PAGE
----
It’s easy to assume that your dog will automatically know how to chill out and relax, and some dogs will.
However, some dogs will struggle to relax like some people, but we can help them by teaching them. Like all training, it will take time, patience, and rewards to teach your dog that its ok to chill out, and it can be a rewarding experience.
I have broken down some steps to help you get started.
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It will be easier to train your dog for any new skill after they have had a good exercise session. A dog with excess energy will find new experiences and training tricky, no matter what it is.
For example, if your dog feels worn out from a good walk and a play, it will be more inclined to want to lie down with you. Like all training, it’s better to set your dog up for success.
Set The Mood
Choose the area you want your dog to relax in, for example, the living room. You can then put a dog bed or a blanket on the floor. Make sure there are no distractions, switch the TV and radio off, and close the blinds. Have the room as quiet and peaceful as possible.
Make sure you have some treats or a portion of the daily kibble allowance to hand so you don’t have to leave the room mid-session. And somewhere comfortable for you to sit next to the bed. Remember, you will stay quiet during these exercises as you don’t want to engage your dog.
Getting Your Dog Onto The Bed or Blanket
If this is a new blanket or a new bed, give your dog time to investigate it and allow them time to sniff and explore it.
You may have to keep your dog on its lead the first few times you try this, but that’s alright; you will eventually be able to remove the harness and lead.
Throw a few treats onto the bed; reward with another treat when your dog puts 2 paws on the bed. Then, when all 4 paws are on the bed, give your dog a few more treats.
You may have to repeat this step a few times before introducing a verbal cue like ‘on your bed’.
When your dog has all 4 paws on the bed, get them to lie down; when your dog lies down, reward them with a few treats.
If your dog gets up and leaves the bed, stay calm, and return to the beginning of the steps. Staying calm is a must for this exercise. Your dog will pick up on your mood change, so the more relaxed you are, the calmer your dog will be.
If your dog puts its head on the bed, reward it with a few treats. If you hear your dog sigh, give it a few treats. Give a few treats if your dog moves onto its side or moves around to make itself more comfortable.
While your dog is lying down, give it a treat every few minutes. You can increase the time interval between treats each time you practice this.
You can leave longer intervals before giving treats each time you practice this with your dog. For example, wait until your dog has laid down before giving treats. Then, wait a few seconds until your dog is comfortable before giving treats. Then, leave a longer interval while your dog is lying down before giving treats.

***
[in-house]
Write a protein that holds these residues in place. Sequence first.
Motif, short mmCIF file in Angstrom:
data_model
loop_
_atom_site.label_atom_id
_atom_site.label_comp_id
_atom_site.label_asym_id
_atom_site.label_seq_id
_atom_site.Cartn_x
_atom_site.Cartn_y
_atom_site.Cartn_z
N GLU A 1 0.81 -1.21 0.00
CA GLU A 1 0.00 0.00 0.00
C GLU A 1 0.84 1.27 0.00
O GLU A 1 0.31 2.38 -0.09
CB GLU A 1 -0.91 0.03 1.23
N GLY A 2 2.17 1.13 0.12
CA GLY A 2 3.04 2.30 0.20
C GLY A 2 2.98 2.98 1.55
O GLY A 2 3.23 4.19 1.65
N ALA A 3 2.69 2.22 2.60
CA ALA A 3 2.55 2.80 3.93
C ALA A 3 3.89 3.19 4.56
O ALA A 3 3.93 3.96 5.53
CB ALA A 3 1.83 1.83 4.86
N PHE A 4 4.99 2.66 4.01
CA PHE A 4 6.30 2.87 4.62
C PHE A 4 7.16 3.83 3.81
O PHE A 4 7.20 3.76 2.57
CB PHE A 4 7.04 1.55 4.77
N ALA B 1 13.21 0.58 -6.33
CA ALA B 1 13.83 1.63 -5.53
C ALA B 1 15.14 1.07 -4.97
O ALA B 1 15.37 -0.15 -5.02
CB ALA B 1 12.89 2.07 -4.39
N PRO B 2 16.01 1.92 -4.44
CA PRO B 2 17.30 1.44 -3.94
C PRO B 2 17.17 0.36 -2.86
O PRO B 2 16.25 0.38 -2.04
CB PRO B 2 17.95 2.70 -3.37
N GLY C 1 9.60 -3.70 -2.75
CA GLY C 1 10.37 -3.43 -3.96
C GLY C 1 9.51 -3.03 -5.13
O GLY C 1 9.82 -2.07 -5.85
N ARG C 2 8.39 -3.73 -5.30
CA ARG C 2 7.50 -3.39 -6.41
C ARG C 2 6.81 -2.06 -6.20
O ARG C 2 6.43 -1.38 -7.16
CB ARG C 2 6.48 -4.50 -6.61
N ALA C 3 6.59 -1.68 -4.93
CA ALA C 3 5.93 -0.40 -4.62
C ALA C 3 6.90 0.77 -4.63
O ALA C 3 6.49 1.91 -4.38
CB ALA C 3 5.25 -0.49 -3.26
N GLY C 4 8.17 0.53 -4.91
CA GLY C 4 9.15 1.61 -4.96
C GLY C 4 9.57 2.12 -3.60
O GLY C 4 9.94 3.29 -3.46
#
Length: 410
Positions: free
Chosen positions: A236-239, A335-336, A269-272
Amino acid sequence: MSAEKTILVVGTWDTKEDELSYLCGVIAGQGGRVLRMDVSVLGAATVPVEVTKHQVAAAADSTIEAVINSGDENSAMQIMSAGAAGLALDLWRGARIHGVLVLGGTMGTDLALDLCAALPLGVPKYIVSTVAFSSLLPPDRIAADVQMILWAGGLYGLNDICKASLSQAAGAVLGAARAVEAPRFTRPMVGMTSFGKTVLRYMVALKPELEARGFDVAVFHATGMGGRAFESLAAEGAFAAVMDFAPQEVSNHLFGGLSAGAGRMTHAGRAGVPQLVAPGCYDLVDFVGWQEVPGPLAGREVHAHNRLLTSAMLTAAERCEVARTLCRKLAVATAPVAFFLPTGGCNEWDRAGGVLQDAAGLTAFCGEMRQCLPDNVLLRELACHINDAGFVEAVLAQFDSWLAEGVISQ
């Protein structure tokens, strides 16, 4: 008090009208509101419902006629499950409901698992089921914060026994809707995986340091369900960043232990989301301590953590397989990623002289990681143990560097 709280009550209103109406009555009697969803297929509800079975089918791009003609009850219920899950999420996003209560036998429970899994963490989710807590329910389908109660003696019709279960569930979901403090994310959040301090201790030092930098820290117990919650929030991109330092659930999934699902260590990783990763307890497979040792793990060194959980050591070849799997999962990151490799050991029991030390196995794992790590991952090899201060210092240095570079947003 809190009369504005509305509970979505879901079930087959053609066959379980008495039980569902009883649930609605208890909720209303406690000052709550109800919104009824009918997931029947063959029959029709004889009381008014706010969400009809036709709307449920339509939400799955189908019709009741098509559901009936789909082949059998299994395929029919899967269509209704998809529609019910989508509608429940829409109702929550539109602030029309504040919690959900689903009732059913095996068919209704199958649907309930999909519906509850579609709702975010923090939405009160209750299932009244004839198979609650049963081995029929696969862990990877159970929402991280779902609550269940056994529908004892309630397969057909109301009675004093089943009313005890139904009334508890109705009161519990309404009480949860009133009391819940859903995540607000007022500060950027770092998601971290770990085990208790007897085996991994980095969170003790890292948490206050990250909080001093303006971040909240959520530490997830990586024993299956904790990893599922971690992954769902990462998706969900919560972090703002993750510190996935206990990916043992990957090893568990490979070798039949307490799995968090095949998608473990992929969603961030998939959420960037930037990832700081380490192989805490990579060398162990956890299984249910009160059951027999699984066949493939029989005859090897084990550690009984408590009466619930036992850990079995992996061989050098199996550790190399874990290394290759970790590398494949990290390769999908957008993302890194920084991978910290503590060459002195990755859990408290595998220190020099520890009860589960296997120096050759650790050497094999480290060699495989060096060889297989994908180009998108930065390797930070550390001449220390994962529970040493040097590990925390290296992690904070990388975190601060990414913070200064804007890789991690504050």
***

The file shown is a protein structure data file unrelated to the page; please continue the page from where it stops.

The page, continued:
The aim is to get your dog to see relaxing as a positive experience. So don’t remove the treats too quickly! However, the more comfortable your dog gets, the longer the interval between treats you can wait.
Increase The Distractions
Once your dog is happy to lie on its bed, you can slowly introduce distractions. Start by having the TV or the radio playing. If your dog is still happily lying on their bed, you can progress to having someone walk into the room.
Again, only increase the distractions if your dog is still happy to lie relaxing on their bed. If one step distracts them, then go back to the previous stage and practice that.
The next stage is moving further from your dog; it only has to be a step or 2. You can then build this up to moving to the other side of the room, then leaving the room. Again, you want your dog to succeed, so it’s one step at a time.
When your dog is happy with you leaving the room and still relaxing on its bed, you can increase the time you spend out of the room.
Trying New Locations
Once your dog is happy to relax on its bed, you can introduce your dog to relaxing in other rooms. You may have to go back to the beginning steps in the new room. By teaching your dog that it’s alright to relax in different locations, you will eventually be able to introduce this outside the house.
We have a verbal cue at home: ‘ on your bed’. In other locations, we have the verbal cue of ‘settle down’. Start in your garden with little to no distractions when trying to get your dog to relax outside the home. Slowly build up the distraction level; again, don’t increase the difficulty until your dog is secure in the previous step.
Teaching your dog to relax is such an important skill to give them. It allows them to recharge and reset themselves. A dog that can’t switch off will have anxiety and anxious behaviors. So relaxing is just as important for our dogs as it is for humans. When your dog has learned to relax and recharge, it will be calmer and easier to train and work with. The bonus is that you can take your dog anywhere with you and confidently relax with them.
Teaching your dog to relax on its own will also allow you the freedom to go and do other things around your house or pop out shopping. It will also help with separation anxiety, as your dog will learn that resting on its own is safe and rewarding.
I hope you have found this article helpful.